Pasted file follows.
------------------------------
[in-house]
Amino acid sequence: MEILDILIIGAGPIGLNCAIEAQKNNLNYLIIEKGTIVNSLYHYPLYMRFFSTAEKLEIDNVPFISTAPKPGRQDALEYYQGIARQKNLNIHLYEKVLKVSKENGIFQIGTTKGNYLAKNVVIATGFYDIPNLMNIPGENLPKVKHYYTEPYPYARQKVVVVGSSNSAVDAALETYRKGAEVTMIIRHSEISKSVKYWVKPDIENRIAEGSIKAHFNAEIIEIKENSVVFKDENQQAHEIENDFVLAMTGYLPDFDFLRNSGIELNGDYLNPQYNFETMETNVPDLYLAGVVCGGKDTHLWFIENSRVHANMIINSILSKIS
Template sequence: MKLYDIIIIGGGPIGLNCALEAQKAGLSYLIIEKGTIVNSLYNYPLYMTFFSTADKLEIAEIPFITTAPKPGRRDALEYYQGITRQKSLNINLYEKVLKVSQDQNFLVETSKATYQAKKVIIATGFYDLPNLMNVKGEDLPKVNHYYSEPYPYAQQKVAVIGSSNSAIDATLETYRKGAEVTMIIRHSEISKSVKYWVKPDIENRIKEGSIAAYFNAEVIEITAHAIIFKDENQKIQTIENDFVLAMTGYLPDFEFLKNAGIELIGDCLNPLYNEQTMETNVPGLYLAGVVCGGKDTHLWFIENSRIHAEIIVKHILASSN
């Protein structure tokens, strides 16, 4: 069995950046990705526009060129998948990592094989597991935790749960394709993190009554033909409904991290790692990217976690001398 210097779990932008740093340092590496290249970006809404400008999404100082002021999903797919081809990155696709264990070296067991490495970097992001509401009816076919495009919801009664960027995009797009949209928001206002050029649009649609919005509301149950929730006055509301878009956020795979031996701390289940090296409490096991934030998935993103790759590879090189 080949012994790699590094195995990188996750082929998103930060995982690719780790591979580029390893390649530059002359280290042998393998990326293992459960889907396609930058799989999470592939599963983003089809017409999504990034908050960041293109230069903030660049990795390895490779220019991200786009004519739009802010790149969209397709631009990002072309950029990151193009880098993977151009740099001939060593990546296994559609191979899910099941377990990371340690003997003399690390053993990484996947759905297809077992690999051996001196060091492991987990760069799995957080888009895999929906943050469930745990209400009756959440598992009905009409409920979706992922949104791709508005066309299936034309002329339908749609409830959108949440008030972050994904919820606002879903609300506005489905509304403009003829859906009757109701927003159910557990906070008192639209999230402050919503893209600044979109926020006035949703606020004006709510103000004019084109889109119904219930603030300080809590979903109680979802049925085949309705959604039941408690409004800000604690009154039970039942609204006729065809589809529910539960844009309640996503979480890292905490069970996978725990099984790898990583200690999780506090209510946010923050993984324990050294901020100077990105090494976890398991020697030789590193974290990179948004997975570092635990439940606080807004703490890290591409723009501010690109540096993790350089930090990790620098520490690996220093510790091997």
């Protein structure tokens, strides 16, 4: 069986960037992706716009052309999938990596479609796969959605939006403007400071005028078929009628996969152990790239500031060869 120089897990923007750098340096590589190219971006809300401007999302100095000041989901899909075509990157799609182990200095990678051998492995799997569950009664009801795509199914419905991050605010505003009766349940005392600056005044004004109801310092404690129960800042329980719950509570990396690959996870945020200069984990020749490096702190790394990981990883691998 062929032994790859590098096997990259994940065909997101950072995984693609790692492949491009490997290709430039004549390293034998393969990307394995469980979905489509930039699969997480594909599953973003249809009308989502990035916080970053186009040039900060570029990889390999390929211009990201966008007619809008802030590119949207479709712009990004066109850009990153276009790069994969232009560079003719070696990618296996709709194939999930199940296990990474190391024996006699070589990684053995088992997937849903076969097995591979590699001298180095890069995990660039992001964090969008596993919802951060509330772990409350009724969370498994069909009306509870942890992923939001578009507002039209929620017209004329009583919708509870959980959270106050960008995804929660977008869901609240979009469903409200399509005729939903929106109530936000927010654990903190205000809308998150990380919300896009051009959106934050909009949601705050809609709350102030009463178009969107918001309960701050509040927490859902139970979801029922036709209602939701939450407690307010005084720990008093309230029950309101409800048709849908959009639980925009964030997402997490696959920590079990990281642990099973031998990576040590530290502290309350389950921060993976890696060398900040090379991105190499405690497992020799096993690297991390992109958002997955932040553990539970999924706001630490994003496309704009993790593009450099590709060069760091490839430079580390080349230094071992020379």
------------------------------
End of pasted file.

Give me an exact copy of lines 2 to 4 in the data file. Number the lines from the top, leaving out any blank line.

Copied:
Amino acid sequence: MEILDILIIGAGPIGLNCAIEAQKNNLNYLIIEKGTIVNSLYHYPLYMRFFSTAEKLEIDNVPFISTAPKPGRQDALEYYQGIARQKNLNIHLYEKVLKVSKENGIFQIGTTKGNYLAKNVVIATGFYDIPNLMNIPGENLPKVKHYYTEPYPYARQKVVVVGSSNSAVDAALETYRKGAEVTMIIRHSEISKSVKYWVKPDIENRIAEGSIKAHFNAEIIEIKENSVVFKDENQQAHEIENDFVLAMTGYLPDFDFLRNSGIELNGDYLNPQYNFETMETNVPDLYLAGVVCGGKDTHLWFIENSRVHANMIINSILSKIS
Template sequence: MKLYDIIIIGGGPIGLNCALEAQKAGLSYLIIEKGTIVNSLYNYPLYMTFFSTADKLEIAEIPFITTAPKPGRRDALEYYQGITRQKSLNINLYEKVLKVSQDQNFLVETSKATYQAKKVIIATGFYDLPNLMNVKGEDLPKVNHYYSEPYPYAQQKVAVIGSSNSAIDATLETYRKGAEVTMIIRHSEISKSVKYWVKPDIENRIKEGSIAAYFNAEVIEITAHAIIFKDENQKIQTIENDFVLAMTGYLPDFEFLKNAGIELIGDCLNPLYNEQTMETNVPGLYLAGVVCGGKDTHLWFIENSRIHAEIIVKHILASSN
């Protein structure tokens, strides 16, 4: 069995950046990705526009060129998948990592094989597991935790749960394709993190009554033909409904991290790692990217976690001398 210097779990932008740093340092590496290249970006809404400008999404100082002021999903797919081809990155696709264990070296067991490495970097992001509401009816076919495009919801009664960027995009797009949209928001206002050029649009649609919005509301149950929730006055509301878009956020795979031996701390289940090296409490096991934030998935993103790759590879090189 080949012994790699590094195995990188996750082929998103930060995982690719780790591979580029390893390649530059002359280290042998393998990326293992459960889907396609930058799989999470592939599963983003089809017409999504990034908050960041293109230069903030660049990795390895490779220019991200786009004519739009802010790149969209397709631009990002072309950029990151193009880098993977151009740099001939060593990546296994559609191979899910099941377990990371340690003997003399690390053993990484996947759905297809077992690999051996001196060091492991987990760069799995957080888009895999929906943050469930745990209400009756959440598992009905009409409920979706992922949104791709508005066309299936034309002329339908749609409830959108949440008030972050994904919820606002879903609300506005489905509304403009003829859906009757109701927003159910557990906070008192639209999230402050919503893209600044979109926020006035949703606020004006709510103000004019084109889109119904219930603030300080809590979903109680979802049925085949309705959604039941408690409004800000604690009154039970039942609204006729065809589809529910539960844009309640996503979480890292905490069970996978725990099984790898990583200690999780506090209510946010923050993984324990050294901020100077990105090494976890398991020697030789590193974290990179948004997975570092635990439940606080807004703490890290591409723009501010690109540096993790350089930090990790620098520490690996220093510790091997």